Michigan Sexual Harassment Laws
Sexual harassment is defined as a form of sexual discrimination that violates Title VII of the Civil Rights Act of 1964. Title VII applies to any employer of at least 15 people, including agencies at the local, state, and federal levels, as well as labor organizations. This article distinguishes the term “sexual harassment” bandied about in pop culture from its legal definition under federal statutes and Michigan sexual harassment law.
Overused and abused by the media, “sexual harassment” has a much more limited legal definition that narrows what is “acceptable” in the workplace. Since sexual harassment accusations can RUIN REPUTATIONS and cost people jobs, it is important to know the difference. An experienced sexual harassment attorney can distinguish between a valid claim and BIASED BLAME.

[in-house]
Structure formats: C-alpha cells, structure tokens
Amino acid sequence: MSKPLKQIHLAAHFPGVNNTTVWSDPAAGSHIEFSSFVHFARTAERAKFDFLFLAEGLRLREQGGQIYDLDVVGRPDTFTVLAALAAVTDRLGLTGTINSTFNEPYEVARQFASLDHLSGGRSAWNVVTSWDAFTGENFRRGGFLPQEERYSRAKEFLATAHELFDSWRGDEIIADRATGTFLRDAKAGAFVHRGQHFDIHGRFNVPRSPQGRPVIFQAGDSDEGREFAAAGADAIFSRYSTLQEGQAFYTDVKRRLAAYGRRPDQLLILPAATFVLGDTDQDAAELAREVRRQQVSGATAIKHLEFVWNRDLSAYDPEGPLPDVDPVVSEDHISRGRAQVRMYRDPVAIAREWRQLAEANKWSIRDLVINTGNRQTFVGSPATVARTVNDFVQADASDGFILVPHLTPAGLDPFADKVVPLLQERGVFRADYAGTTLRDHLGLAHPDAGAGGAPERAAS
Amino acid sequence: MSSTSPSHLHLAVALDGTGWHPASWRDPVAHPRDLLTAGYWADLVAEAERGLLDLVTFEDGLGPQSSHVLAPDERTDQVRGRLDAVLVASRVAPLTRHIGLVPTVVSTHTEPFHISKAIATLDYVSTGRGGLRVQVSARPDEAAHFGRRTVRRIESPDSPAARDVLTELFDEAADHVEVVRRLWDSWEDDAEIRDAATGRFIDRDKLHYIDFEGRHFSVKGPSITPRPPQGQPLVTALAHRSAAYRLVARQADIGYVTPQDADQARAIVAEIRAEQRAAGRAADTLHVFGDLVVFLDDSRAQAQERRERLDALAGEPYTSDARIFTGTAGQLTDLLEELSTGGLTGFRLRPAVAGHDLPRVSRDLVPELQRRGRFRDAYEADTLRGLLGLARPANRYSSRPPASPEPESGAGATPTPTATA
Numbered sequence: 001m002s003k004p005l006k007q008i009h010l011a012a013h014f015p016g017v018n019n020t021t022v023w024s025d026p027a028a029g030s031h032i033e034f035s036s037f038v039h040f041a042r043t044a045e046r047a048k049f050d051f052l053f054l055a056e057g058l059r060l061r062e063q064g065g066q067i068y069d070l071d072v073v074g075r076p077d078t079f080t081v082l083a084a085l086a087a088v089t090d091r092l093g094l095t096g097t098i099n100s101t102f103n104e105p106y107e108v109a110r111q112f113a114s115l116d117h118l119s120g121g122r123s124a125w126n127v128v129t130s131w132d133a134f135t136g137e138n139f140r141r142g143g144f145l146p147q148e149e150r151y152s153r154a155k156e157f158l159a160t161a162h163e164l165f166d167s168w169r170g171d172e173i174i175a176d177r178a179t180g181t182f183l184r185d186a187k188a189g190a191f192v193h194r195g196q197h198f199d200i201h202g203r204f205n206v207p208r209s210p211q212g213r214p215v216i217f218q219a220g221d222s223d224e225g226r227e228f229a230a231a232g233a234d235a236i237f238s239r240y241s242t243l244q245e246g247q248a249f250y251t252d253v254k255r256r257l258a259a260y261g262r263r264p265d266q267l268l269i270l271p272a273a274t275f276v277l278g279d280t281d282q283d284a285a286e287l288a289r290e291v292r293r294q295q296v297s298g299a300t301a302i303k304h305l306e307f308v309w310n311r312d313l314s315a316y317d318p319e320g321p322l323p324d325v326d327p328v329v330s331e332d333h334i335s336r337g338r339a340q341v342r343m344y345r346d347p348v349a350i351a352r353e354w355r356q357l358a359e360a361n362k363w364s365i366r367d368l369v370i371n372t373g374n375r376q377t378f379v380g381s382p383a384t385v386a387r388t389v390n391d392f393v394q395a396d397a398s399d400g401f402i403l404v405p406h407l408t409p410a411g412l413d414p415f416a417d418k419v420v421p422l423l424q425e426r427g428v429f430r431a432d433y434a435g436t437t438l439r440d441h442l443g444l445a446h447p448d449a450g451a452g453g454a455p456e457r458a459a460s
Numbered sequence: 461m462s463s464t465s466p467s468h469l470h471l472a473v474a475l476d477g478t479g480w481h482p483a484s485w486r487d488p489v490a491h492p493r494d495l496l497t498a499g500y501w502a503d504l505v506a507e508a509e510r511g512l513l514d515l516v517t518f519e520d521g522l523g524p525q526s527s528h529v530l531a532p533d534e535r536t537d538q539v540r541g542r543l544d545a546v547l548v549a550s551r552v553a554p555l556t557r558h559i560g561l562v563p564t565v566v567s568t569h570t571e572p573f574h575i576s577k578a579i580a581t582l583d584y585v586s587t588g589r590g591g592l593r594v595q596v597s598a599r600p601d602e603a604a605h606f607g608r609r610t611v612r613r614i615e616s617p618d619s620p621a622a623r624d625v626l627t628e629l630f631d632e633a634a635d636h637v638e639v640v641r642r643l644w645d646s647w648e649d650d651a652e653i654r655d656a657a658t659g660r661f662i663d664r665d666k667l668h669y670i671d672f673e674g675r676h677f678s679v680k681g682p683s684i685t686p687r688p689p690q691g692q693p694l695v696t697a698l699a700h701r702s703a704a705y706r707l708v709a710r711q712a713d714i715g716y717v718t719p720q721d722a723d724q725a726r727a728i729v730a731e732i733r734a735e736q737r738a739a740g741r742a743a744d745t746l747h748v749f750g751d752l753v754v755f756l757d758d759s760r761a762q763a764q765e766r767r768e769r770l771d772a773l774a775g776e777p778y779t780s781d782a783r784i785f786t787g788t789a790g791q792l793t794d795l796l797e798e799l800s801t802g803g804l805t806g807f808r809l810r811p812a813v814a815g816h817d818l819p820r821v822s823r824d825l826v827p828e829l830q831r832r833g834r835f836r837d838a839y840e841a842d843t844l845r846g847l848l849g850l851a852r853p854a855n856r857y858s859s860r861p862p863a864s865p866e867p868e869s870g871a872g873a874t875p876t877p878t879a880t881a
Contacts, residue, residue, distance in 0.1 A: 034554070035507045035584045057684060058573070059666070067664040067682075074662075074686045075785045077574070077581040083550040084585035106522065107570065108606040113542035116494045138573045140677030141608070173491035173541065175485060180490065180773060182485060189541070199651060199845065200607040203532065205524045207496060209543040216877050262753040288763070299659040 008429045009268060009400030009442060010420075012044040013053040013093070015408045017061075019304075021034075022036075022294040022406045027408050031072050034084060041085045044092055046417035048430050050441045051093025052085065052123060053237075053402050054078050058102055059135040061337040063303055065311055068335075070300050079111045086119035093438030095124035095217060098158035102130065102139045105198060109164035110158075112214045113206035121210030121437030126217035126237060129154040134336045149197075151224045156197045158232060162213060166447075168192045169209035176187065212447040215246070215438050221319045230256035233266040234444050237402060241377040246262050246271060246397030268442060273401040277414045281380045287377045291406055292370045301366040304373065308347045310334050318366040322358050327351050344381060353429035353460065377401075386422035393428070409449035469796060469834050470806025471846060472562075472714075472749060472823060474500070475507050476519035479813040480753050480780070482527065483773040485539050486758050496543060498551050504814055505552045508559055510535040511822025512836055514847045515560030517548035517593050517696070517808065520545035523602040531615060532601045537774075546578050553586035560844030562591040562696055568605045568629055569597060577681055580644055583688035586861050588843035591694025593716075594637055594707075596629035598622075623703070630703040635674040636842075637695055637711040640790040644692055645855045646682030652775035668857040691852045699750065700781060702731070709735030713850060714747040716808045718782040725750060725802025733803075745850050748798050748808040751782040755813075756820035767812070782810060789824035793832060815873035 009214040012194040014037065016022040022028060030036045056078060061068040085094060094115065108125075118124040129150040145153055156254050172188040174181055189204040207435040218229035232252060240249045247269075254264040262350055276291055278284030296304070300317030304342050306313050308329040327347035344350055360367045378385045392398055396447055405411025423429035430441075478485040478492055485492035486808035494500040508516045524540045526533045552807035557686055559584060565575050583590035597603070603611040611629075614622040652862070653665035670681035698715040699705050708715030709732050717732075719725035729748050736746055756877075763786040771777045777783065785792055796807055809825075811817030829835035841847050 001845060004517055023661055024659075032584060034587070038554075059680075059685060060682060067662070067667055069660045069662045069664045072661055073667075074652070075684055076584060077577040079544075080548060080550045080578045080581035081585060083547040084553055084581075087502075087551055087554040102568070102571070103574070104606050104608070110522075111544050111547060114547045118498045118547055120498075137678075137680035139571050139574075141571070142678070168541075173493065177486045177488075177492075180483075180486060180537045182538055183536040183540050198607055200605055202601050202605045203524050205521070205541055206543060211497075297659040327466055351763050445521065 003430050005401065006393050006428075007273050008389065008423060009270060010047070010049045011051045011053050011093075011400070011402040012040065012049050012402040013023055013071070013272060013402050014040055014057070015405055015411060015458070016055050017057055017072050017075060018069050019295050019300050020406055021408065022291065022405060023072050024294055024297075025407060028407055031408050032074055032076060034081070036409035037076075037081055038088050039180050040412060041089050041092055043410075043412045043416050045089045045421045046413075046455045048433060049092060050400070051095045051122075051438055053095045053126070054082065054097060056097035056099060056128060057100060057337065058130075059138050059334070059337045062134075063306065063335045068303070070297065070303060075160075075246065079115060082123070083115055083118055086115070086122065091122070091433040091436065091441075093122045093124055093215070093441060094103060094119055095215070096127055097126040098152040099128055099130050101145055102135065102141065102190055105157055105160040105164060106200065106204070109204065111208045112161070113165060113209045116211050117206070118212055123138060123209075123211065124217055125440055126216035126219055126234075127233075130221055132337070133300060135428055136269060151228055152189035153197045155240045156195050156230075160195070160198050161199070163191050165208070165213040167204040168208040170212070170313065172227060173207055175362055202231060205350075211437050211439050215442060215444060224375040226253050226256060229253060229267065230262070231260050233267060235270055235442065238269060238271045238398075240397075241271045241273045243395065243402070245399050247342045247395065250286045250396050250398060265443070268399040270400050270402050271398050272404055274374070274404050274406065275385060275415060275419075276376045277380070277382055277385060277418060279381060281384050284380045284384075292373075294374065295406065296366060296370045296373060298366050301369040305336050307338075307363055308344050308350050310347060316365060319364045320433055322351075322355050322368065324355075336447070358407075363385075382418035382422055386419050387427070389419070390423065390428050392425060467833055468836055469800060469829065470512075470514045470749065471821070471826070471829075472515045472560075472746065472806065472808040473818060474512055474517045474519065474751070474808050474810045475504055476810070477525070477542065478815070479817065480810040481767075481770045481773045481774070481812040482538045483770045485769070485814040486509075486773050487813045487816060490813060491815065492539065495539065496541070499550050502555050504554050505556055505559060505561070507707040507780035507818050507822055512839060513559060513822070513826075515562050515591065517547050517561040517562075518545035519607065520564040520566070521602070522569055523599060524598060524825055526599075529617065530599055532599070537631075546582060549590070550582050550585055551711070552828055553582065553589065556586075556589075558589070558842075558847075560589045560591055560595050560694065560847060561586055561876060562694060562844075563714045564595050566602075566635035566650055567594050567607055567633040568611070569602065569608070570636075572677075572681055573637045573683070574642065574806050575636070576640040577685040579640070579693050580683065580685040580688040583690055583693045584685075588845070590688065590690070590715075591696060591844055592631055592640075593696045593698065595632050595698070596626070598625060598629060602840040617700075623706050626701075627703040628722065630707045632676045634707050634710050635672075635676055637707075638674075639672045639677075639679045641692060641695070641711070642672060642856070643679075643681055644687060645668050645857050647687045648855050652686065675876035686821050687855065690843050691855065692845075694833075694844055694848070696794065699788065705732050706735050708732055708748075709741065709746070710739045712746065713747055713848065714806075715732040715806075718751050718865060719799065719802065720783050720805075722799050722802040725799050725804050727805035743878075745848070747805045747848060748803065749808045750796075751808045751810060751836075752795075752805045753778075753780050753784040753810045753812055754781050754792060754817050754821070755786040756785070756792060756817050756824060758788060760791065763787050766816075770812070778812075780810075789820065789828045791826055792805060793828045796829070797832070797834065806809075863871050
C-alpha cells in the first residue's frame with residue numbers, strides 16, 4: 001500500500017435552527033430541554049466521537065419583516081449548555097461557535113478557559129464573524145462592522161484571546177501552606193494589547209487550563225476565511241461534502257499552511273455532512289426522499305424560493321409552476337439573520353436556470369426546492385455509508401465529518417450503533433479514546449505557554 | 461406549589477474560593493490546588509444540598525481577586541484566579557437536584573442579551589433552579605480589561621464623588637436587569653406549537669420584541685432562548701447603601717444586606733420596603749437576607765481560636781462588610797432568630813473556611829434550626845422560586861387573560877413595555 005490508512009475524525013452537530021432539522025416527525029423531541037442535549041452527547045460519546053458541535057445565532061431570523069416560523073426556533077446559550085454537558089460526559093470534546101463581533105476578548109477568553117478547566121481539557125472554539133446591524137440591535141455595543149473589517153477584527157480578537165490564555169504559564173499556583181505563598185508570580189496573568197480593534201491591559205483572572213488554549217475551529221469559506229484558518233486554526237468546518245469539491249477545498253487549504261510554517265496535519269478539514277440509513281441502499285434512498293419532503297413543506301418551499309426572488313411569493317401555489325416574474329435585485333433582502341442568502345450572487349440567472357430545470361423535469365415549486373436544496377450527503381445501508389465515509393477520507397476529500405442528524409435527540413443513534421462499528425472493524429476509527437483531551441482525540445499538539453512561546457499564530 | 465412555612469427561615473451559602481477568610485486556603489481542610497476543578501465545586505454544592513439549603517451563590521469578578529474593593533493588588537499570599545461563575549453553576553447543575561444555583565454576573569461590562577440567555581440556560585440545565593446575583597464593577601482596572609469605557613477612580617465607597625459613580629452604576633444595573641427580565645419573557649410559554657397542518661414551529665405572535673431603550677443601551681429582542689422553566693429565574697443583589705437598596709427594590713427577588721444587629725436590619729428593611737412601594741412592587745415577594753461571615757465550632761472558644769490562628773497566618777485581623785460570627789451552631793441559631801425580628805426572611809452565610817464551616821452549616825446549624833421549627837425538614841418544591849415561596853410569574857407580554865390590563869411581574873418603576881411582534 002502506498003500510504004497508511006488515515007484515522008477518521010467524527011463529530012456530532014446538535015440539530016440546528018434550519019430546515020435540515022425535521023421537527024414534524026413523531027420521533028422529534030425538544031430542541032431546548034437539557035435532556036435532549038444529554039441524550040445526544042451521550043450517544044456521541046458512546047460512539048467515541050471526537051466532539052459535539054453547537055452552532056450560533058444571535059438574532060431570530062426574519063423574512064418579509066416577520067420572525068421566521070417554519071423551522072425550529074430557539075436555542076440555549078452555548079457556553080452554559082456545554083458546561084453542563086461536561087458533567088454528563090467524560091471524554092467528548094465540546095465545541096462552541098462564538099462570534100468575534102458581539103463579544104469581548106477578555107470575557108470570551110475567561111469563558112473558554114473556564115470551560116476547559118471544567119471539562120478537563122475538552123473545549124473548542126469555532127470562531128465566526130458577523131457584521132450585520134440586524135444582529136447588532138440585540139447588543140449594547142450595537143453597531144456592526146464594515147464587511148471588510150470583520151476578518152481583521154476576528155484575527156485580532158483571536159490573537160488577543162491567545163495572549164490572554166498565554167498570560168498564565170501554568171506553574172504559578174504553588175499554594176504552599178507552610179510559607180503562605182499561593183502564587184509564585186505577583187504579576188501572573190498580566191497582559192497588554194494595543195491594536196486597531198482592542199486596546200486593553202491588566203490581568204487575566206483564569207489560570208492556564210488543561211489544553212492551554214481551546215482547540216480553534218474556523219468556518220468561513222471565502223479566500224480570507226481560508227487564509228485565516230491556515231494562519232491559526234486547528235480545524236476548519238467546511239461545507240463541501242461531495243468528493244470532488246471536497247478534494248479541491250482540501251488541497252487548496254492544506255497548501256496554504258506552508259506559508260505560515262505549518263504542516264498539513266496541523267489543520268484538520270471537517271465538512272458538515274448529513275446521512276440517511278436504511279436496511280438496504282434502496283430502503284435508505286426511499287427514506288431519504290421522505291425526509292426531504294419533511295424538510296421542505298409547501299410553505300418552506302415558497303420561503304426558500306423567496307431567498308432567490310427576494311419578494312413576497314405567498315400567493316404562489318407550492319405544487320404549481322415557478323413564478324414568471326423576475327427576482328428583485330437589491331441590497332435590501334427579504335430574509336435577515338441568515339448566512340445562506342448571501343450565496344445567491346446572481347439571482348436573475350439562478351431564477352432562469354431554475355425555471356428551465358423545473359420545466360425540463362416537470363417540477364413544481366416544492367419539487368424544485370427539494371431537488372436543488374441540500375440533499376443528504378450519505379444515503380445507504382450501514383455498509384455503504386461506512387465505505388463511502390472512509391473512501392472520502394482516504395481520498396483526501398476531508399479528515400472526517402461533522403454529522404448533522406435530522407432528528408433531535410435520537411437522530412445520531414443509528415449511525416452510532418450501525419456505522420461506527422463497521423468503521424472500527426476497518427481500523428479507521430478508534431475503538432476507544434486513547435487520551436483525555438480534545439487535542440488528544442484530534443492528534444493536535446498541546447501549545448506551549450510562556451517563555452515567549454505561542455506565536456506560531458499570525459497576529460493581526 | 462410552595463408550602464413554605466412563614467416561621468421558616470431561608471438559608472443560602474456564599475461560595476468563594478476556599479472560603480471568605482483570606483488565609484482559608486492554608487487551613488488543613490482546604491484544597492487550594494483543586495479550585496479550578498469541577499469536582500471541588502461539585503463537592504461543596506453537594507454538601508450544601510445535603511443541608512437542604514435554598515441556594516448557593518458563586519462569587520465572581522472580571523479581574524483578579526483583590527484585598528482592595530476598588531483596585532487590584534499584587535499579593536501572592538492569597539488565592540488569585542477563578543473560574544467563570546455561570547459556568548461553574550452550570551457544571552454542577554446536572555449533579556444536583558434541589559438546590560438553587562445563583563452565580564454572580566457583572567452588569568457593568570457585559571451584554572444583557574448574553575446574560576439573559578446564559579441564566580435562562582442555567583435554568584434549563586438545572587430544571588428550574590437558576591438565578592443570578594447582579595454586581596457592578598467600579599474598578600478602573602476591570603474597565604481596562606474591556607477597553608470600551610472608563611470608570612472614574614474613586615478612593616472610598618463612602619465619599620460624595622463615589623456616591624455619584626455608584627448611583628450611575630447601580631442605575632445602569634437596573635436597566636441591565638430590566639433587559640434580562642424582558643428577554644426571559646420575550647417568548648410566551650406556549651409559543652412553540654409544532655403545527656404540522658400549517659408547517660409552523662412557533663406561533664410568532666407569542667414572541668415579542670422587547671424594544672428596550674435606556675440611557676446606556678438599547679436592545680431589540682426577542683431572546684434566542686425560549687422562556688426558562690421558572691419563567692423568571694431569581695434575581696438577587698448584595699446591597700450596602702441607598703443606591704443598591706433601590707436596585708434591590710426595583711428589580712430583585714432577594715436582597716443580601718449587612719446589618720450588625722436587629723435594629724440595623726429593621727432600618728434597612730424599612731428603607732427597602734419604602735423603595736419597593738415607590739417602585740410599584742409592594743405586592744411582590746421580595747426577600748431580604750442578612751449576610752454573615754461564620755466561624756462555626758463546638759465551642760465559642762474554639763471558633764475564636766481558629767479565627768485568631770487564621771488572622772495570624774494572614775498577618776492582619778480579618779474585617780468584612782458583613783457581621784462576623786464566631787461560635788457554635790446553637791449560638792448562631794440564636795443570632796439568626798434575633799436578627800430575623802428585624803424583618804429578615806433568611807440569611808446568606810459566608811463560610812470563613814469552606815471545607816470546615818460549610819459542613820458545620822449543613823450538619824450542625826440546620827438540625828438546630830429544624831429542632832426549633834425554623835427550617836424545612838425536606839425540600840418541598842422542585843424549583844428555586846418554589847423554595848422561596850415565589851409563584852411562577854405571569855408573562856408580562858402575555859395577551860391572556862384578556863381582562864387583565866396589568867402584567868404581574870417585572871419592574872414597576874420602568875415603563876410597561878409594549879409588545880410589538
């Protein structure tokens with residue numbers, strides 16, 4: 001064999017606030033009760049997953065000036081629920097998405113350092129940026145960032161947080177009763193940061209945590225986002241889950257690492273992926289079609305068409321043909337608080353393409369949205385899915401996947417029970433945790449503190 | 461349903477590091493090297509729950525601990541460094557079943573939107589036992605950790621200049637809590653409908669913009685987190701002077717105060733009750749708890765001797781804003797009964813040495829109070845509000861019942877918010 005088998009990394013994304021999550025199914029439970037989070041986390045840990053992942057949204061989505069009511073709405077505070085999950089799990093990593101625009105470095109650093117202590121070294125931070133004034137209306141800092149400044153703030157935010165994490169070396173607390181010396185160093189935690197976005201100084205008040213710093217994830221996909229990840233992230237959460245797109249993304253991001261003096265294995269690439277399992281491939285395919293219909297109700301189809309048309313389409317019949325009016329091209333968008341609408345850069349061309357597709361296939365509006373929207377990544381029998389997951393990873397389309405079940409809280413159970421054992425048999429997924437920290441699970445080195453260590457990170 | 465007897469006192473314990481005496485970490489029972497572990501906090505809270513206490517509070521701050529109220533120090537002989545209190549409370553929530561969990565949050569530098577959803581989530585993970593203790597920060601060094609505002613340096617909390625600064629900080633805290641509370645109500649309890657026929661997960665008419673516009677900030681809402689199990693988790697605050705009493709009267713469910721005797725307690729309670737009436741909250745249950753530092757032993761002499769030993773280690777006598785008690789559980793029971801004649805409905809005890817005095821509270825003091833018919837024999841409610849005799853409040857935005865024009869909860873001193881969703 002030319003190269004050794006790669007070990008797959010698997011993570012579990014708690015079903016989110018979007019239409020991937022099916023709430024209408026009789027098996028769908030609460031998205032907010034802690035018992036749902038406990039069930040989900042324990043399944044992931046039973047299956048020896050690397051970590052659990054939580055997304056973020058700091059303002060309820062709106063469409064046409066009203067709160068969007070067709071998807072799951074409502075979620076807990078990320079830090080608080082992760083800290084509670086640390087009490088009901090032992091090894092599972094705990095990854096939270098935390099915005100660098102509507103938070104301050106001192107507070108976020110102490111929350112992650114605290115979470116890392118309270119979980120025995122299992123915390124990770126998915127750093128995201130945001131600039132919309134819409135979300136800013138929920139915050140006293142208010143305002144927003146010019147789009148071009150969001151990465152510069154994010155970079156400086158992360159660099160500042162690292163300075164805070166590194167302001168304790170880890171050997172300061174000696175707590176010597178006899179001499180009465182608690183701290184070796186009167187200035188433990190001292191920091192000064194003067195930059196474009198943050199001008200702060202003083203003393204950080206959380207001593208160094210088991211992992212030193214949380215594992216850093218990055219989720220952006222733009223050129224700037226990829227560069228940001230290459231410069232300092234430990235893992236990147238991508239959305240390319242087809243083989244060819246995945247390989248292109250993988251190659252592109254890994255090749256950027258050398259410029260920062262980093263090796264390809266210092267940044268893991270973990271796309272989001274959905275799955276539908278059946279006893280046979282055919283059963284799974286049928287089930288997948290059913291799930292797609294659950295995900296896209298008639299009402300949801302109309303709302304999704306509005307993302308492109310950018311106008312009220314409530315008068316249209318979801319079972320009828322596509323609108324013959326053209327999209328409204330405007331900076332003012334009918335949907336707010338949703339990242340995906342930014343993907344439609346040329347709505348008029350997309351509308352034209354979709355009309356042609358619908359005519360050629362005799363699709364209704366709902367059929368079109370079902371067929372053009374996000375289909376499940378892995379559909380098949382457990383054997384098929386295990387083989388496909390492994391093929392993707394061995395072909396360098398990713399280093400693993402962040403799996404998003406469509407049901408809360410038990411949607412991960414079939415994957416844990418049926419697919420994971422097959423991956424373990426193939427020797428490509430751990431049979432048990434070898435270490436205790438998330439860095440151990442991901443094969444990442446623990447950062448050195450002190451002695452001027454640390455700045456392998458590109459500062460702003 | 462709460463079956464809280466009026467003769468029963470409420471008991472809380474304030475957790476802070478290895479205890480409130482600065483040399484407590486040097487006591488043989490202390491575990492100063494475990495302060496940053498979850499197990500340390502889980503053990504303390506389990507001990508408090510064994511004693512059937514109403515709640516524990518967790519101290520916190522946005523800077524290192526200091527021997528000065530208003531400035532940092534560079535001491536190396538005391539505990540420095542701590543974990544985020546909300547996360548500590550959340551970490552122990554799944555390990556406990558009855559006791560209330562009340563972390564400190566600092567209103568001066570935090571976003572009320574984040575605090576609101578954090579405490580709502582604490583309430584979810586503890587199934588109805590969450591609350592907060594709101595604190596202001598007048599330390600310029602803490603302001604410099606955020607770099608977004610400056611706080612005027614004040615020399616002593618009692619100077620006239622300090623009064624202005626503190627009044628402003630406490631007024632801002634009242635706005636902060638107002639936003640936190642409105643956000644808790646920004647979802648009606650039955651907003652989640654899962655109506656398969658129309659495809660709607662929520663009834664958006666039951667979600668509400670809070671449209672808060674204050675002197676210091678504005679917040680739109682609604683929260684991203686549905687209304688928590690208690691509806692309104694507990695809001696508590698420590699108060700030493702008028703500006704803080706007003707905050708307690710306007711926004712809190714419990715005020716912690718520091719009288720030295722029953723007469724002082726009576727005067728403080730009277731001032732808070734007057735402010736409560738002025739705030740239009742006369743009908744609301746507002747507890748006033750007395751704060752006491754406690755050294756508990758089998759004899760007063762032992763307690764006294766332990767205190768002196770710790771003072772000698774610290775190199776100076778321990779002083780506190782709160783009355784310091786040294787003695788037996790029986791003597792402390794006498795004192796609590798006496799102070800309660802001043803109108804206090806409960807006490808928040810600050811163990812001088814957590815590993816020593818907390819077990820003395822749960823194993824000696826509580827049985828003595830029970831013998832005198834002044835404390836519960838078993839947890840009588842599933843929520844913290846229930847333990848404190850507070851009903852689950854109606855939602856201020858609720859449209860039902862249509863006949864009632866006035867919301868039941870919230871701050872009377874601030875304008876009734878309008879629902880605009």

Michigan Sexual Harassment Laws
The Michigan Penal Code, Act 328 prohibits sexual harassment. Section 750.411h defines “sexual harassment” as conduct shaped by continued, non-consensual contact of a victim that would cause a “reasonable individual” significant mental suffering or distress. Under this section, UNCONSENTED CONTACT may include:
- Contact through phone, text, or direct message
- Approaching a person in a public or private place
- Mailing letters or delivering objects to a residence
- Following or tracking an individual’s movements
- Appearing at another’s home or workplace
Sexual harassment could refer to physical conduct or verbal behavior, but need not be of a sexual nature. Rather, it may include prejudicial comments about, or discrimination based upon, a person’s sexual nature. In other words, the alleged victim must prove a pattern or practice of unwanted physical conduct, i.e. offensive touching, that would offend a “reasonable person,” creating a hostile work environment. Under Michigan law, all elements must be present to prove a sexual harassment claim.